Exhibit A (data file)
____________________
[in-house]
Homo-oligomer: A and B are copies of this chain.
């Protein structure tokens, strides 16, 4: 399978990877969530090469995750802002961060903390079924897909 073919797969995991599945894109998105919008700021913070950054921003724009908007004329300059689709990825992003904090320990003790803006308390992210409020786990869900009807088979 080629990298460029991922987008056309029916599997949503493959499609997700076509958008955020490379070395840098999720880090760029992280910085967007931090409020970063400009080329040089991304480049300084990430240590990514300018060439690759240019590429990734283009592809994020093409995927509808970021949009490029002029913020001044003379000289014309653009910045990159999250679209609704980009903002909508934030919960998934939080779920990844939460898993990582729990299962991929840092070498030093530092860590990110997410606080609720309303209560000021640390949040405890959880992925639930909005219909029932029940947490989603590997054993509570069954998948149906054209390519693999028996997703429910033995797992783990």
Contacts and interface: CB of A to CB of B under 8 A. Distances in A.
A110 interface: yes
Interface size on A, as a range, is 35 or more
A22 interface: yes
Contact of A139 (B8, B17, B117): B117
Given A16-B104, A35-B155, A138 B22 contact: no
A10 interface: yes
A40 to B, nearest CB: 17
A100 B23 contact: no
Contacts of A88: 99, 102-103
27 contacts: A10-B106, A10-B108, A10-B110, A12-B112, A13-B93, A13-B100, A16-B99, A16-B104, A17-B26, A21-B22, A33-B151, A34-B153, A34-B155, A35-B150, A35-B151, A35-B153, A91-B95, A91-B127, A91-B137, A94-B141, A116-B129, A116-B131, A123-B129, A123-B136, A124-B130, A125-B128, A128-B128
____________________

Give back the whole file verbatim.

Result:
[in-house]
Homo-oligomer: A and B are copies of this chain.
């Protein structure tokens, strides 16, 4: 399978990877969530090469995750802002961060903390079924897909 073919797969995991599945894109998105919008700021913070950054921003724009908007004329300059689709990825992003904090320990003790803006308390992210409020786990869900009807088979 080629990298460029991922987008056309029916599997949503493959499609997700076509958008955020490379070395840098999720880090760029992280910085967007931090409020970063400009080329040089991304480049300084990430240590990514300018060439690759240019590429990734283009592809994020093409995927509808970021949009490029002029913020001044003379000289014309653009910045990159999250679209609704980009903002909508934030919960998934939080779920990844939460898993990582729990299962991929840092070498030093530092860590990110997410606080609720309303209560000021640390949040405890959880992925639930909005219909029932029940947490989603590997054993509570069954998948149906054209390519693999028996997703429910033995797992783990």
Contacts and interface: CB of A to CB of B under 8 A. Distances in A.
A110 interface: yes
Interface size on A, as a range, is 35 or more
A22 interface: yes
Contact of A139 (B8, B17, B117): B117
Given A16-B104, A35-B155, A138 B22 contact: no
A10 interface: yes
A40 to B, nearest CB: 17
A100 B23 contact: no
Contacts of A88: 99, 102-103
27 contacts: A10-B106, A10-B108, A10-B110, A12-B112, A13-B93, A13-B100, A16-B99, A16-B104, A17-B26, A21-B22, A33-B151, A34-B153, A34-B155, A35-B150, A35-B151, A35-B153, A91-B95, A91-B127, A91-B137, A94-B141, A116-B129, A116-B131, A123-B129, A123-B136, A124-B130, A125-B128, A128-B128